B. Type T321 DAT (Delayed Action Timer). c. 1933. Same functionality as example 'A' above; this example being one of three known so far. The difference between this model and the earlier one is the DAY STOP and NIGHT STOP functions are combined into one switch, eliminating the possibility of the short-term timer being actuated when the lock is meant to be on guard throughout the night. The timer contains two conventional Seth Thomas 72 hour Type T movements and one modified Type T movement that has a 7 hour duration. Type T movements were the smallest coffin style movements made for Yale. A day/night switch is provided to engage the 7 hour movement during the day time hours. This lock would fulfill two functions. The first to act as a normal overnight/weekend time lock and the second to secure the vault for short period of times during the day as described in example A. The 7 hour timer could be set for intervals as short as 15 minutes. To see another Yale with modified Type T movements click here. Below is a similar, but later dated example mounted into a safe door. Notice the Yale time lock advertisement on the door stating the safe is protected by a Yale time lock. There is also a photo of an identical model lock in the Harry Miller collection. Case #683, movements #T3307 , T3317, special timer movement #T3699. 4 3/8" w x 4 1/8" h x 2 1/2" d. file 257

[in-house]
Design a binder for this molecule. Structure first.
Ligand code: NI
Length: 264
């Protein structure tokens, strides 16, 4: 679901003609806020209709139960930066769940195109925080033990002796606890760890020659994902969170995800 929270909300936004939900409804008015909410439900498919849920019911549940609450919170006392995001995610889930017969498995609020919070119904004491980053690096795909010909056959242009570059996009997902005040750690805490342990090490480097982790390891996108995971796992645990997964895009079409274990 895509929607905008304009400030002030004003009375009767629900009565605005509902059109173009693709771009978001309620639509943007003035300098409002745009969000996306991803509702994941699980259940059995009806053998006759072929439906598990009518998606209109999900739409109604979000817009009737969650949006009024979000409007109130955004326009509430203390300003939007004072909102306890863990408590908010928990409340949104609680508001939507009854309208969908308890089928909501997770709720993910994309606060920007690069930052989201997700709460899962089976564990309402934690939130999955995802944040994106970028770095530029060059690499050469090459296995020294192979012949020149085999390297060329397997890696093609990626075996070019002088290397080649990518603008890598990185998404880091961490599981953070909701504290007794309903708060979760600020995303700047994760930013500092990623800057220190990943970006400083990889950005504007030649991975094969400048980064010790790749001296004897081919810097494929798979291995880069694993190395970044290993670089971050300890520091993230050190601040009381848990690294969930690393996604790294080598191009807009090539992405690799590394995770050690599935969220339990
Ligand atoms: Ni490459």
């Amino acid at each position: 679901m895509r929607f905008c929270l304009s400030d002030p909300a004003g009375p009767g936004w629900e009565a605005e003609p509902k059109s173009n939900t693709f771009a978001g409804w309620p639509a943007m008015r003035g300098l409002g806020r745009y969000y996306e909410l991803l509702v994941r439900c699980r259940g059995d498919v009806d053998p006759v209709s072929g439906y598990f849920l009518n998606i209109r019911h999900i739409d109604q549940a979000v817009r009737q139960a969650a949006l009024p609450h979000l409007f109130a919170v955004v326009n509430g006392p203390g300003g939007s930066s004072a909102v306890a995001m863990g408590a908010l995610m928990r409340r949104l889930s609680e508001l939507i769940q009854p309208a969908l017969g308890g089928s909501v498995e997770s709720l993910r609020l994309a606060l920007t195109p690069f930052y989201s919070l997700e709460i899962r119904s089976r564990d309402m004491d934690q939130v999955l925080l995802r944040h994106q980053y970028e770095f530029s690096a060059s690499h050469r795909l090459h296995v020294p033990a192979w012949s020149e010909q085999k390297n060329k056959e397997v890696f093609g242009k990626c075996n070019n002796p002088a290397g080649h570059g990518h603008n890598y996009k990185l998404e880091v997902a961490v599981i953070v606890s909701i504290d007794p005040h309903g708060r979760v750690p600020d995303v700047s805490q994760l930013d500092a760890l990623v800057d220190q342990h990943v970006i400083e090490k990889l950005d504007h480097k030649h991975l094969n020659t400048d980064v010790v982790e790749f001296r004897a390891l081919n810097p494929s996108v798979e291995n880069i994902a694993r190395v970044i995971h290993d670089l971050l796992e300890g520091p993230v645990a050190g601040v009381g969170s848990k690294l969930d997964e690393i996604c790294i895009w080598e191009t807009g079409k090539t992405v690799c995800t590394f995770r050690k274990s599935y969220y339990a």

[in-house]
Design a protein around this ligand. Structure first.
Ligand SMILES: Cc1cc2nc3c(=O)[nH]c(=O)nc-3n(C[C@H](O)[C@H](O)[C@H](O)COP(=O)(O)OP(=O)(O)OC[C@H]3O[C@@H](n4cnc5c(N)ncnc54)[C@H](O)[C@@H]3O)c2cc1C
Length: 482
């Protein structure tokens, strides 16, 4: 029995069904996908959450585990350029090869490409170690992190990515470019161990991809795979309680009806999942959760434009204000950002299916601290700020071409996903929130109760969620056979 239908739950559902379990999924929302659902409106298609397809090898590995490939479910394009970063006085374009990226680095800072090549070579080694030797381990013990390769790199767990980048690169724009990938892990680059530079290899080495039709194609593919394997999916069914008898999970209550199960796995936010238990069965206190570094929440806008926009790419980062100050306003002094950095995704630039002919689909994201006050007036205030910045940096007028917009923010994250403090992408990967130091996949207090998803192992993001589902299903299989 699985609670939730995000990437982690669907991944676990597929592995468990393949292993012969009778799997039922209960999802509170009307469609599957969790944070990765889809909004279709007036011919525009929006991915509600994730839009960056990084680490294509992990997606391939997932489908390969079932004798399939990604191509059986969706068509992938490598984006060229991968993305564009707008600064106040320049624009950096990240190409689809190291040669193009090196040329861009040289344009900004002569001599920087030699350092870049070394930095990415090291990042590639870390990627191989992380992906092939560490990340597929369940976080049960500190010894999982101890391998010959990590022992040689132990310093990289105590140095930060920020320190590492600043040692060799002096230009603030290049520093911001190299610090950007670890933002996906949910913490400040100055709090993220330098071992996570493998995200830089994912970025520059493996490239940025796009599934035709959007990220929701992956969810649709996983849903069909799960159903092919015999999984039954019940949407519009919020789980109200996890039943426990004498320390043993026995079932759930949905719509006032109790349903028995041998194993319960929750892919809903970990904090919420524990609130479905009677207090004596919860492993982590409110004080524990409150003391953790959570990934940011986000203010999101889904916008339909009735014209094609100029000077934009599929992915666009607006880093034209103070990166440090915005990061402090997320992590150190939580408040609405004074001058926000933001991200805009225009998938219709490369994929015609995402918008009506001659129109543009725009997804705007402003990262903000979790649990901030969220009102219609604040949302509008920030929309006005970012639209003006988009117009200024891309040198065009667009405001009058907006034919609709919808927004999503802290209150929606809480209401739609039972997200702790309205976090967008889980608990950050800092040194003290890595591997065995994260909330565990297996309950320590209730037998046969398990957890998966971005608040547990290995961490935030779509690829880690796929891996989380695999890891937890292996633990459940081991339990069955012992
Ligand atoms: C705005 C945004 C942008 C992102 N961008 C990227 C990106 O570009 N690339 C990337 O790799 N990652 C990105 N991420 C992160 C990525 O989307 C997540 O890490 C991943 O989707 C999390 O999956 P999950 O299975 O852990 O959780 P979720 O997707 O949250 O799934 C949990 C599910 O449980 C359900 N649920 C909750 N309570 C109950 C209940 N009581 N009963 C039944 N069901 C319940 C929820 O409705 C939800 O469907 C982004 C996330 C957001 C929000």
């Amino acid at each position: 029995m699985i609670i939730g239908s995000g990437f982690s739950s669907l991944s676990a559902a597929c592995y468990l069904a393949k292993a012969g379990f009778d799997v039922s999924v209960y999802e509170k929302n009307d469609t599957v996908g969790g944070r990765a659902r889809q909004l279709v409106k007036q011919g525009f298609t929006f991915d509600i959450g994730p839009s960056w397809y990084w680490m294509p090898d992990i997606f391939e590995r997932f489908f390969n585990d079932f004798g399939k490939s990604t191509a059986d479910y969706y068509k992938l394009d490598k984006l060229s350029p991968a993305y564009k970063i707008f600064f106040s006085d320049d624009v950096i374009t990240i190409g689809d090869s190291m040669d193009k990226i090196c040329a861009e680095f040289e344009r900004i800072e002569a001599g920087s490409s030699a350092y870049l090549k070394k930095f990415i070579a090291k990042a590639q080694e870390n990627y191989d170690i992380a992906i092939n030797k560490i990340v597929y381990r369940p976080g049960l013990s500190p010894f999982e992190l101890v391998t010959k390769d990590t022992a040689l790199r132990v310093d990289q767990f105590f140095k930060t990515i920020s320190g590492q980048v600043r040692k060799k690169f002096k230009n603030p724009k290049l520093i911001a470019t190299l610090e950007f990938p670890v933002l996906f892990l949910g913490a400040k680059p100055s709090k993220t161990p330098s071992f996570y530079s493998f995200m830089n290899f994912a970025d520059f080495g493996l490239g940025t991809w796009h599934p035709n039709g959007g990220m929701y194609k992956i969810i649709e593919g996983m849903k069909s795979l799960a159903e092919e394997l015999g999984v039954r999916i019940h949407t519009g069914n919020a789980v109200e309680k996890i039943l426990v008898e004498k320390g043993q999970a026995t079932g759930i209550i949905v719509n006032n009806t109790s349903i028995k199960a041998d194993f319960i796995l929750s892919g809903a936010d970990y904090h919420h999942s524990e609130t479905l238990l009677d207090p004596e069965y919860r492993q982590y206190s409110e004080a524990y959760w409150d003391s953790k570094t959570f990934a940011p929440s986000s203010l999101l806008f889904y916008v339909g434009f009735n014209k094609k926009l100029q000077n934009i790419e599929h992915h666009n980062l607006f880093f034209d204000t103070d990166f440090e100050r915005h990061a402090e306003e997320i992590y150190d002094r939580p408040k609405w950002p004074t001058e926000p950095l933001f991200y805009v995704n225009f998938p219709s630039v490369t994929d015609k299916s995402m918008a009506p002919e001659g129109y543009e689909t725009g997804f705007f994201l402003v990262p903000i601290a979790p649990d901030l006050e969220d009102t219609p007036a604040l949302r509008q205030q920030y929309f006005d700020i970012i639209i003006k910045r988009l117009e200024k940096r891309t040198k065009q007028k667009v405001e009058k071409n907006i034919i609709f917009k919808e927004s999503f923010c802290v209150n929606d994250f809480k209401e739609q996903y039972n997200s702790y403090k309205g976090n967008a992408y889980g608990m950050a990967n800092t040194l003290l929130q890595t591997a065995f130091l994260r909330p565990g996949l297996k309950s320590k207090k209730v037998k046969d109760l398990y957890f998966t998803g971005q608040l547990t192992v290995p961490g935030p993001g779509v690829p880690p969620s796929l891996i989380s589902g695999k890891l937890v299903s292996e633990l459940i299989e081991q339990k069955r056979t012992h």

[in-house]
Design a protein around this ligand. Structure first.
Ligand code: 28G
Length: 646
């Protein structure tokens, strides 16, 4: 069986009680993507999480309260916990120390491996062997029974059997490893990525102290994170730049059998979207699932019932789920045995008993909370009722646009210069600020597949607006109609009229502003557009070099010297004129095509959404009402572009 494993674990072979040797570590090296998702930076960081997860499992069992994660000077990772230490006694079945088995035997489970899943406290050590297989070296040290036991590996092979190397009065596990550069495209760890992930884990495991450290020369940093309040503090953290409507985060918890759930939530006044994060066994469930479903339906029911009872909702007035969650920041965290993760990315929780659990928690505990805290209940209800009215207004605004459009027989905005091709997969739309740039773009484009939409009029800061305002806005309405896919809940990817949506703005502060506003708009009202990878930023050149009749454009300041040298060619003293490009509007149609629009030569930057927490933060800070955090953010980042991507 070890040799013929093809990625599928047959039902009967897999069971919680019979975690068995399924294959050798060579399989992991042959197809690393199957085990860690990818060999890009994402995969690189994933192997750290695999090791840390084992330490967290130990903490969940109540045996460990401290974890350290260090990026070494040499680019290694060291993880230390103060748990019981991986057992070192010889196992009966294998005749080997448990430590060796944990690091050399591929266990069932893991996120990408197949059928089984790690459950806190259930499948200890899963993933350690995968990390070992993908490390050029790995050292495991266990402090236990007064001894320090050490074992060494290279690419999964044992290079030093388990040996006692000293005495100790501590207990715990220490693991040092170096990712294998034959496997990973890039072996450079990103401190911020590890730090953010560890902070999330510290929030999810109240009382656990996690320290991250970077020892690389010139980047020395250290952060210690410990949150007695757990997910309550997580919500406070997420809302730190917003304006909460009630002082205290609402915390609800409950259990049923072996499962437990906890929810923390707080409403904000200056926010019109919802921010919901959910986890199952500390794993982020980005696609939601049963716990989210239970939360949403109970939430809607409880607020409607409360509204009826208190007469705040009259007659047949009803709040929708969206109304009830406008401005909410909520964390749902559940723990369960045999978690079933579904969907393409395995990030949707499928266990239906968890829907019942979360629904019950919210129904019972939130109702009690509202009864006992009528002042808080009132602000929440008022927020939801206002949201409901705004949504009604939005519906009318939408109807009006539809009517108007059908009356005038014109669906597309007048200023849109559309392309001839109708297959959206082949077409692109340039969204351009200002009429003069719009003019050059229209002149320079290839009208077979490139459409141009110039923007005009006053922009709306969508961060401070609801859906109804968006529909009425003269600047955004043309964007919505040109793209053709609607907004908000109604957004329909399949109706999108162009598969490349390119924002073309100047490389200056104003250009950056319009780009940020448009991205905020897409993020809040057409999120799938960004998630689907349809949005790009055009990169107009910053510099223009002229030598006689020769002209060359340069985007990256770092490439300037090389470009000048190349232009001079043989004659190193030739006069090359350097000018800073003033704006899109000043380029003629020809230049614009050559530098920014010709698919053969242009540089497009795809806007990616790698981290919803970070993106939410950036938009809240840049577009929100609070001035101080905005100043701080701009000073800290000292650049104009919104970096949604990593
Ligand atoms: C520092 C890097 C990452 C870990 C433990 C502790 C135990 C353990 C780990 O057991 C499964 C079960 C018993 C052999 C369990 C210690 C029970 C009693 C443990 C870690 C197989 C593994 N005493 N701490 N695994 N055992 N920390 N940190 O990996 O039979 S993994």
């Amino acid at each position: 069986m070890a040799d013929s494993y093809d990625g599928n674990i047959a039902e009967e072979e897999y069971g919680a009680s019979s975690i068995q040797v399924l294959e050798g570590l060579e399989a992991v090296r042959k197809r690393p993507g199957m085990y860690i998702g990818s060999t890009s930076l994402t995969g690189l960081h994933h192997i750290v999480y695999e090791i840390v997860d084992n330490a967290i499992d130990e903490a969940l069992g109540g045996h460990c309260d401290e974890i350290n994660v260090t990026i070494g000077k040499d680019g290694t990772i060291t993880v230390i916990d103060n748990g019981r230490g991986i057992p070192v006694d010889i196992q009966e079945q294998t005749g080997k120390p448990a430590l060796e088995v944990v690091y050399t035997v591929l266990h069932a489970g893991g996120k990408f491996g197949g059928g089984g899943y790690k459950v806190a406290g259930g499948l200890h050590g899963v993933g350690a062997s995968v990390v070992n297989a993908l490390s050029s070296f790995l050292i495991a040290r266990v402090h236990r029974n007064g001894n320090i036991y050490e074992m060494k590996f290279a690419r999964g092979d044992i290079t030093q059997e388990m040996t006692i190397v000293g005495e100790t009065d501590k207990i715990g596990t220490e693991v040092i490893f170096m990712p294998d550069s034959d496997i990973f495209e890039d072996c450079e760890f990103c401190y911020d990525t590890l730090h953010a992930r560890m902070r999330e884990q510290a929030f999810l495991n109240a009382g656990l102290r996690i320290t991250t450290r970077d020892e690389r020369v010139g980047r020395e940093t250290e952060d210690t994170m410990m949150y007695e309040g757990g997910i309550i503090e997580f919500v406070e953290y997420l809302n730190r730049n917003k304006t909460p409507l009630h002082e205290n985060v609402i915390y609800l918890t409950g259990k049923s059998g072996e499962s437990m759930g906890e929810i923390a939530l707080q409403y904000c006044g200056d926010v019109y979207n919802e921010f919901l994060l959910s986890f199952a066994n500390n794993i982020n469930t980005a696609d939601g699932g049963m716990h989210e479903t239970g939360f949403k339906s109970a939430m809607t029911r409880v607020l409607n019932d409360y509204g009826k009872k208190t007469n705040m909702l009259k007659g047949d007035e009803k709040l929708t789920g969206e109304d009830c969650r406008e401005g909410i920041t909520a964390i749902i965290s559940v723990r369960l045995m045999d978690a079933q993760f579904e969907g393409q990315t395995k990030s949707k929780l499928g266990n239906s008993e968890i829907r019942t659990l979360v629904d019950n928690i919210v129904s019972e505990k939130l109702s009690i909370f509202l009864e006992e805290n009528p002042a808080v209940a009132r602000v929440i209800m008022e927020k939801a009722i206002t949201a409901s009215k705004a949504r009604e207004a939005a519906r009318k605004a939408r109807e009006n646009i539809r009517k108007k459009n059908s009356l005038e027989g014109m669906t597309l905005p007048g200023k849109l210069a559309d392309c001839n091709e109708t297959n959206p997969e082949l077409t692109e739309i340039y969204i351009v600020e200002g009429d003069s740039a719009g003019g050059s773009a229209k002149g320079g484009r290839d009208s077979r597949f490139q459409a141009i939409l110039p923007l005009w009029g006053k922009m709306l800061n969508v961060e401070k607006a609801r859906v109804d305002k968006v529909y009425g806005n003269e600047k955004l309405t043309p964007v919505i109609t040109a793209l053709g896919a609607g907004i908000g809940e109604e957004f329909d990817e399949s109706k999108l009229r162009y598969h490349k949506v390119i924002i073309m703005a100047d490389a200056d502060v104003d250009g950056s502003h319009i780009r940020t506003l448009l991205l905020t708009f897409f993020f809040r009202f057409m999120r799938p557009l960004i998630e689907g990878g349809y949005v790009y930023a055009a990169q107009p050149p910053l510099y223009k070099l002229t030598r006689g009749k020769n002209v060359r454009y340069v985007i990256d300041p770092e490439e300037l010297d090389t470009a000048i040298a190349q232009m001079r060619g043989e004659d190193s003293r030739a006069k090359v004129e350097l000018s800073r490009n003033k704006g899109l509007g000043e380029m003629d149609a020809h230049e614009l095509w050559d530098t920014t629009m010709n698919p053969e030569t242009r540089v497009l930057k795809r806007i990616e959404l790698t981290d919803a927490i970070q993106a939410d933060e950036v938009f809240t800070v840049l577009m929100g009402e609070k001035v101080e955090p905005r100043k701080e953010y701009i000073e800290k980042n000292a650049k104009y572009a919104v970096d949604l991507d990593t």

The Mosler company also created a similar product in their Do-All®, Model D-A in 1938. There the time locks could be actuated for a selected period of 20, 40 or 60 minutes and used both of the regular 120 hour movements; making usage fool proof and eliminated the possibility of failure while a single movement was controlling the time lock as was the case in the Yale DAT series. Furthermore the short term actuation was accomplished by simply turning the combination dial.